All things are permissible. Not all things are beneficial.
In the week following my retina surgery, I had to lay face down all the time. I could only get up to use the bathroom and eat meals. Because my limited vision in my non-surgical eye can see nothing smaller than the big E on a doctor’s eye chart, someone had to escort me everywhere, even the bathroom at three in the morning. Since Jack is nearly deaf without his hearing aids and I had to sleep in another room, this posed a problem. We worked out a deal that when he woke in the middle of the night, he would check on me.
By the fourth night, I’d had enough. Snores from the other bedroom indicated he was having a good night and I didn’t want to wait. The next morning, he asked, “Did you get along okay getting to the bathroom by yourself?”
“I did fine,” I answered. I paused and then admitted the truth. “But it was stupid.” The well-being of my surgical eye was tenuous at best. I could not afford a fall or even a run-on with a piece of furniture. Lying flat all week made me weak and unstable on my feet. Yes, I could take care of myself. But it was not in my best interest.
For some reason, that made me think of tattoos.
In my work with young people, I’ve had two young men ask me if the Bible prohibits tattoos. The first time, I hemmed and hawed, “No the Bible does not say in so many words that thou shalt not have a tattoo. But do you really want to do this? Is this smart?” I think the young man was setting me up because word got around the church that I had told him he was going to go to hell for getting a tattoo.
The next time a young man asked me, I’d grown a little smarter myself. This time, I thought of the Bible verse from 1 Corinthians 10:23,24:
“Everything is permissible but not everything is beneficial. Everything is permissible but not everything is constructive. Nobody should seek his own good, but the good of others.”
I repeated the first sentence to my young friend, then asked, “Do you understand what that means?” (Guideline #1 for answering tough questions from teen-age boys. Answer a question with a question. It worked for Jesus. It works today. The way they answer is a signpost of their interest in the truth.)
“Yeah.” His answer came slowly. I could tell he was thinking. Then he parroted back to me ways a tattoo wouldn’t be such a smart idea.
“Jesus didn’t put a lot of rules on us,” I told him. “We have to decide whether it’s a smart idea for us, the impact it might have on other people, or how it will build the Kingdom of God.”
Lest, like my first young friend, you think I’m anti-tattoos, that’s not my point. Jesus didn’t come to straight jacket us with a bunch of rules.
The problem is, we would like it that way. Many of us want to have a neat little rule book we can follow so we know exactly what is expected of us. It saves me from having to do any heavy duty thinking about whether a tattoo is beneficial to me in the long-term or how it’s going to impact my relationship with others. I don’t want to have to think. Just tell me what to do. Then I can reach the Pearly Gates with my little list of dids and didn’t’s and I’m free and clear.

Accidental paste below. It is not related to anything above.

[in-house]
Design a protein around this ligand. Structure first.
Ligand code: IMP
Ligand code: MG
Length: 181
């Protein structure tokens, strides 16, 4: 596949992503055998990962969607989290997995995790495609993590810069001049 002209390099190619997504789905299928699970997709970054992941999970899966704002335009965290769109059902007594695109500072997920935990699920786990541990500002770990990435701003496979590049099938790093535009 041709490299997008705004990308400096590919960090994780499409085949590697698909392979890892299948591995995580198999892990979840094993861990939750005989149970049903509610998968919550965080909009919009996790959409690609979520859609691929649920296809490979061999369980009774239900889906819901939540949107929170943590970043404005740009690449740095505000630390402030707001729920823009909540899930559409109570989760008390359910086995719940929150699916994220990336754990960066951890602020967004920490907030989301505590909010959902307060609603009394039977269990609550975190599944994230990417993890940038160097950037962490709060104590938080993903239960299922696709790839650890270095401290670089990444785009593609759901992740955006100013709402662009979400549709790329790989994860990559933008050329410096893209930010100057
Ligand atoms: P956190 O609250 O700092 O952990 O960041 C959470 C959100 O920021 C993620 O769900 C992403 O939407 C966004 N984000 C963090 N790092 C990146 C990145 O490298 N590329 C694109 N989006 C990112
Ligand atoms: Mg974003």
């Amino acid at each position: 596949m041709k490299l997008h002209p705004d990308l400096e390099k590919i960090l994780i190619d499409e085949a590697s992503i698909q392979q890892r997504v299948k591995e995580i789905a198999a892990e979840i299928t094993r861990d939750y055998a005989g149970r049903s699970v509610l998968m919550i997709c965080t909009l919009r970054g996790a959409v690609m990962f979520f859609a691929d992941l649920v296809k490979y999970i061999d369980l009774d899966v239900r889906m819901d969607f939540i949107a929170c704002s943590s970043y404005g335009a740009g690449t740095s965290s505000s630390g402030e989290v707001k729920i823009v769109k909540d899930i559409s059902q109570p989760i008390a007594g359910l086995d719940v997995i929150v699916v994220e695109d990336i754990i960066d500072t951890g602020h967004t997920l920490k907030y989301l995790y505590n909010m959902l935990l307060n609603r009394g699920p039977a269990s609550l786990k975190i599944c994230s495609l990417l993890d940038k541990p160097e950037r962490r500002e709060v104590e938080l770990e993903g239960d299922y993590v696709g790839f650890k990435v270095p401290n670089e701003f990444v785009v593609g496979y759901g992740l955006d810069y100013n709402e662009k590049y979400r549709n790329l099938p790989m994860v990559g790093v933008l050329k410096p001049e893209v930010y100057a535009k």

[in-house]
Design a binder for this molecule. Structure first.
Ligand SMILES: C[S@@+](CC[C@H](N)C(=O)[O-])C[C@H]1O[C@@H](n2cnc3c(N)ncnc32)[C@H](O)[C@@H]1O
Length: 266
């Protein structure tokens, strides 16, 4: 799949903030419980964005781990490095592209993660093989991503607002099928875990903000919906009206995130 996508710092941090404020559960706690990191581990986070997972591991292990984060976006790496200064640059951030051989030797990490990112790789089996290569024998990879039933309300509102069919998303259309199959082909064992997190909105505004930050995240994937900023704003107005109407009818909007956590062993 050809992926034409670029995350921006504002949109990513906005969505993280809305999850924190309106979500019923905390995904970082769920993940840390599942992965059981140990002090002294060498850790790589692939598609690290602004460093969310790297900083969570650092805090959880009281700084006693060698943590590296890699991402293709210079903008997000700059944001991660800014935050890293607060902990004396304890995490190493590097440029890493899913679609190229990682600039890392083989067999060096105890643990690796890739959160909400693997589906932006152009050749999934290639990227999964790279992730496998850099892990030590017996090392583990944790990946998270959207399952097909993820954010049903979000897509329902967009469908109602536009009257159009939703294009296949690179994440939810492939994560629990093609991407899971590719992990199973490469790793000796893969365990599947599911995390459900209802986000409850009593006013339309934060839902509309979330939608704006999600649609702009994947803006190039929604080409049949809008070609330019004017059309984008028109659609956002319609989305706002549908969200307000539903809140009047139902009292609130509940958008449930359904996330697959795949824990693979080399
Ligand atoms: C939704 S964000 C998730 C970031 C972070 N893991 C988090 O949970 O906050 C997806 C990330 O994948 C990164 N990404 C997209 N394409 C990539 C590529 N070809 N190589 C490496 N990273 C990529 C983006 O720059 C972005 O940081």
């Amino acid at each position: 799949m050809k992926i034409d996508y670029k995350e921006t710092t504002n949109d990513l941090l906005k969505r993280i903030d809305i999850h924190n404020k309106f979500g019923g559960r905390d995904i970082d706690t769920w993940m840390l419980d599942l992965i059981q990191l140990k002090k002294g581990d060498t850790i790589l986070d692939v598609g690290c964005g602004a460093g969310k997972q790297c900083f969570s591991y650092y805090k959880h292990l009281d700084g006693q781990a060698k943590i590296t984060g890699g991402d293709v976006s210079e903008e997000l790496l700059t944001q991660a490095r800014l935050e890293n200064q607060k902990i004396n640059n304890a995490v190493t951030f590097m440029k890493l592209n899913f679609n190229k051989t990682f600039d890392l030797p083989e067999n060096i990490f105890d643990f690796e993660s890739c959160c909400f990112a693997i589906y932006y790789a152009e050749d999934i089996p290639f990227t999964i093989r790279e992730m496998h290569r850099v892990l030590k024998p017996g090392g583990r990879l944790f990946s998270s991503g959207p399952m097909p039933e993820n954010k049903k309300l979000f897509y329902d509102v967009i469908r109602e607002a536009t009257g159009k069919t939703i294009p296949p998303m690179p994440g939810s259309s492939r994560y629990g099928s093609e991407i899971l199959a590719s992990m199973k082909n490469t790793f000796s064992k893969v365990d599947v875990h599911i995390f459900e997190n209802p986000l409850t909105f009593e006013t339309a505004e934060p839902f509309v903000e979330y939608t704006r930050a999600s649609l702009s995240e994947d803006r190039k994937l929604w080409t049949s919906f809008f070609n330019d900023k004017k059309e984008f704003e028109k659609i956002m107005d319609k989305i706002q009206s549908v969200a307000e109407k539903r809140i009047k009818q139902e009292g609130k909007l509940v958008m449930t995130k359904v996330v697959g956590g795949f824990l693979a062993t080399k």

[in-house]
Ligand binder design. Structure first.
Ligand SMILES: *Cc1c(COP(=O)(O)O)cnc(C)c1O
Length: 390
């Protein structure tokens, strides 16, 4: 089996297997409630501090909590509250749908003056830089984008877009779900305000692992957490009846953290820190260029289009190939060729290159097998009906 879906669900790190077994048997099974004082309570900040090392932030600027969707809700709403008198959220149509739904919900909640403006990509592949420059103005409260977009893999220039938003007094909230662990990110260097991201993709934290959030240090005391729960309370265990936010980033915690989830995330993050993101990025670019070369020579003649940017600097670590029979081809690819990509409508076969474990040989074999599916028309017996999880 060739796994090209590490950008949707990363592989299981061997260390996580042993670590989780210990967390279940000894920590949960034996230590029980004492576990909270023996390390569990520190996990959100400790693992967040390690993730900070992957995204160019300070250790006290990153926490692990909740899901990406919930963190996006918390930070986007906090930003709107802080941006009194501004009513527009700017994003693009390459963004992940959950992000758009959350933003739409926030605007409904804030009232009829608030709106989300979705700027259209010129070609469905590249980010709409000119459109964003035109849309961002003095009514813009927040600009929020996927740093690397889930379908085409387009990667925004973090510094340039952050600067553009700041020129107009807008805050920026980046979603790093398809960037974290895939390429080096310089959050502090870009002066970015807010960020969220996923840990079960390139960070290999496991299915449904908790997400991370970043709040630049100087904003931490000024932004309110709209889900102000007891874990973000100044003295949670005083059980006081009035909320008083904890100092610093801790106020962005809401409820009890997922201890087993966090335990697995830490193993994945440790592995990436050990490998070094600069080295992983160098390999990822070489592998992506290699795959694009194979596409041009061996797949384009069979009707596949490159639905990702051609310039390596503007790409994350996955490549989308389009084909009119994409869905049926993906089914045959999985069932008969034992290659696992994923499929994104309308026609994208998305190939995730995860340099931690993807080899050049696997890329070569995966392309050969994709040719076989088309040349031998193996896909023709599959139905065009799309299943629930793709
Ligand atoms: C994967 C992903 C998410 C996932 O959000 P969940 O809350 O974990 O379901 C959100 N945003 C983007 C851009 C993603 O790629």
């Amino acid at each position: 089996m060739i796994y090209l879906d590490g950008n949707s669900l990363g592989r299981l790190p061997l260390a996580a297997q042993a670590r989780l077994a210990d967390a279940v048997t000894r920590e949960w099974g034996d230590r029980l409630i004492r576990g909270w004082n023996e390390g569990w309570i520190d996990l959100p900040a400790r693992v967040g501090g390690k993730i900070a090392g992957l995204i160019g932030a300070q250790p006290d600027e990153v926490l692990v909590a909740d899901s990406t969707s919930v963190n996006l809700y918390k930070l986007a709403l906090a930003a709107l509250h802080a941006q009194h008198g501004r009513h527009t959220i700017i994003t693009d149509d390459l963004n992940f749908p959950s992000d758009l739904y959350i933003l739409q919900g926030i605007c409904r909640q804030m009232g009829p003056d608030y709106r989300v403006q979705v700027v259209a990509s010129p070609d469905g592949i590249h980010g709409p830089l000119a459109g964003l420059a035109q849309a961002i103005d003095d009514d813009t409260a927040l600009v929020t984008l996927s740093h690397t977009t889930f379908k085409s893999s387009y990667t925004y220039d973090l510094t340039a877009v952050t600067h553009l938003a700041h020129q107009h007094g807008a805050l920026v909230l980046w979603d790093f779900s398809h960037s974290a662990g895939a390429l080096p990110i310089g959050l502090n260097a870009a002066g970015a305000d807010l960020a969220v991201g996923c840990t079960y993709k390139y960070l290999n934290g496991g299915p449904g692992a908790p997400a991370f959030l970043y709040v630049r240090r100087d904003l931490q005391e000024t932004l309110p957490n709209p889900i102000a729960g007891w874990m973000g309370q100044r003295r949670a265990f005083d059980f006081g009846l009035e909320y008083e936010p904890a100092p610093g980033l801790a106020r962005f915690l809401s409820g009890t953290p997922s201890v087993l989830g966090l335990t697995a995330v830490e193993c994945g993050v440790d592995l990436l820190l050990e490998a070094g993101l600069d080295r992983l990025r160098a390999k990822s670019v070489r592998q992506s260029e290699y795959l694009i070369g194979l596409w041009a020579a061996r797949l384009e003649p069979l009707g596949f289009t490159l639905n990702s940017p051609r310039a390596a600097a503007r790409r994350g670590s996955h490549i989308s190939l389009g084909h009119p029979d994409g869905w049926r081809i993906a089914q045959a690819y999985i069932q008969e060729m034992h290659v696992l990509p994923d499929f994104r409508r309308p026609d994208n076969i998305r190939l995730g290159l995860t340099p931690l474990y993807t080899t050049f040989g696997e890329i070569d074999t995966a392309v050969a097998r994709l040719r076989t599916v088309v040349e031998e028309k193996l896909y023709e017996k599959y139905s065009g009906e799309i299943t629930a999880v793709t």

While we like the grace of Christ for ourselves, we still have the human condition of wanting to create rules for others. Recently, my husband read an article that listed church bylaws left too long on the books. Here are some of my favorites:
No red liquid is allowed in the church sanctuary. (Uh, does that mean no Communion juice? Or is that purple and doesn’t count? Wonder what happened to that sanctuary carpet to make a church constituency rise up and insist on this one.)
The church must have three deacons at all times. (What if you can’t find three men who are biblically qualified? What if the church has only 20 members? If the church has 500 members, shall leadership be limited to only three?)
Nit-picky rules like these are often knee-jerk reactions to out-of-control situations. They might fit the moment but they quickly become outdated and someone forgets to take them off the books. That’s the practical reason. Beyond that, they miss the point of God’s grace. The need to forgive and let transformed human beings be human beings.
Jesus looks at the inner man, his motivations and intentions. He wants us to use wisdom, discernment, and discretion as we make our daily choices. He wants us to follow him out of love and trust, not obligation and duty. He wants our passionate love, not a duty-bound, begrudging discipleship. Perhaps we need to ask, “How will my action show my love for God and benefit others,” instead, “Would God allow me to do this particular thing for my own pleasure or convenience?”
The doctor never said, “Karen, thou shalt have someone escort thee to the bathroom at all times.” He gave me the guideline of “Be careful. Do nothing as much as possible. The less you do, the better you will see.” I had to figure out on my own how to put that into practice on a nightly basis. Thankfully, I didn’t have to learn my lesson the hard way through a head on collision with a wall.
Rules create a bigger problem. Human nature wants to push the limits. When the doctor told me I could get up once in a while, I immediately pushed the envelope. “I need to exercise. Can I walk to the end of my driveway?” I feel sorry for doctors who have patients like me.
Freedom in Christ doesn’t mean we have the freedom to push the limits. It means we have the freedom to figure out loving and serving God on our own. That might be inconvenient and downright frustrating at times. I’d like to make life simple and have someone tell me what to do. But in the long run, my searching for what’s best for me and for others makes me more like Jesus. If that’s my ultimate long-term goal, I’ll accept God’s mode of grace for both myself and others.